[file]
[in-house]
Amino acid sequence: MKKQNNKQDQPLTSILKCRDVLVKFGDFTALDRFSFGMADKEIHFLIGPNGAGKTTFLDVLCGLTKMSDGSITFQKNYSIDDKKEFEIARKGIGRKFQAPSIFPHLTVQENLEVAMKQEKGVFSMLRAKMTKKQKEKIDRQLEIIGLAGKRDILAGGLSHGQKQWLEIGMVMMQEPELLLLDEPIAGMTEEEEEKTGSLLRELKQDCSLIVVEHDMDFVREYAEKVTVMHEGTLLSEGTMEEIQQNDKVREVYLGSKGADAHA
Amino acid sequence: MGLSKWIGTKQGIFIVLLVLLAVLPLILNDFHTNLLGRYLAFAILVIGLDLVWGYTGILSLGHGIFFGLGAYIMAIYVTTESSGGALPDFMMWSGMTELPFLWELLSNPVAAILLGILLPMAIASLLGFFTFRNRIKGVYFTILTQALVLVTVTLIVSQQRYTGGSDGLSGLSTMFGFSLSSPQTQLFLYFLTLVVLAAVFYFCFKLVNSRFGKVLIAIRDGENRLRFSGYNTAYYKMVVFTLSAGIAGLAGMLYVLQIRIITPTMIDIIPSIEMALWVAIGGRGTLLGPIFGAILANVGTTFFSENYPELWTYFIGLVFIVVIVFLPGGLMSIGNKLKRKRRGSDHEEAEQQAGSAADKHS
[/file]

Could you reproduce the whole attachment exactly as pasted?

[in-house]
Amino acid sequence: MKKQNNKQDQPLTSILKCRDVLVKFGDFTALDRFSFGMADKEIHFLIGPNGAGKTTFLDVLCGLTKMSDGSITFQKNYSIDDKKEFEIARKGIGRKFQAPSIFPHLTVQENLEVAMKQEKGVFSMLRAKMTKKQKEKIDRQLEIIGLAGKRDILAGGLSHGQKQWLEIGMVMMQEPELLLLDEPIAGMTEEEEEKTGSLLRELKQDCSLIVVEHDMDFVREYAEKVTVMHEGTLLSEGTMEEIQQNDKVREVYLGSKGADAHA
Amino acid sequence: MGLSKWIGTKQGIFIVLLVLLAVLPLILNDFHTNLLGRYLAFAILVIGLDLVWGYTGILSLGHGIFFGLGAYIMAIYVTTESSGGALPDFMMWSGMTELPFLWELLSNPVAAILLGILLPMAIASLLGFFTFRNRIKGVYFTILTQALVLVTVTLIVSQQRYTGGSDGLSGLSTMFGFSLSSPQTQLFLYFLTLVVLAAVFYFCFKLVNSRFGKVLIAIRDGENRLRFSGYNTAYYKMVVFTLSAGIAGLAGMLYVLQIRIITPTMIDIIPSIEMALWVAIGGRGTLLGPIFGAILANVGTTFFSENYPELWTYFIGLVFIVVIVFLPGGLMSIGNKLKRKRRGSDHEEAEQQAGSAADKHS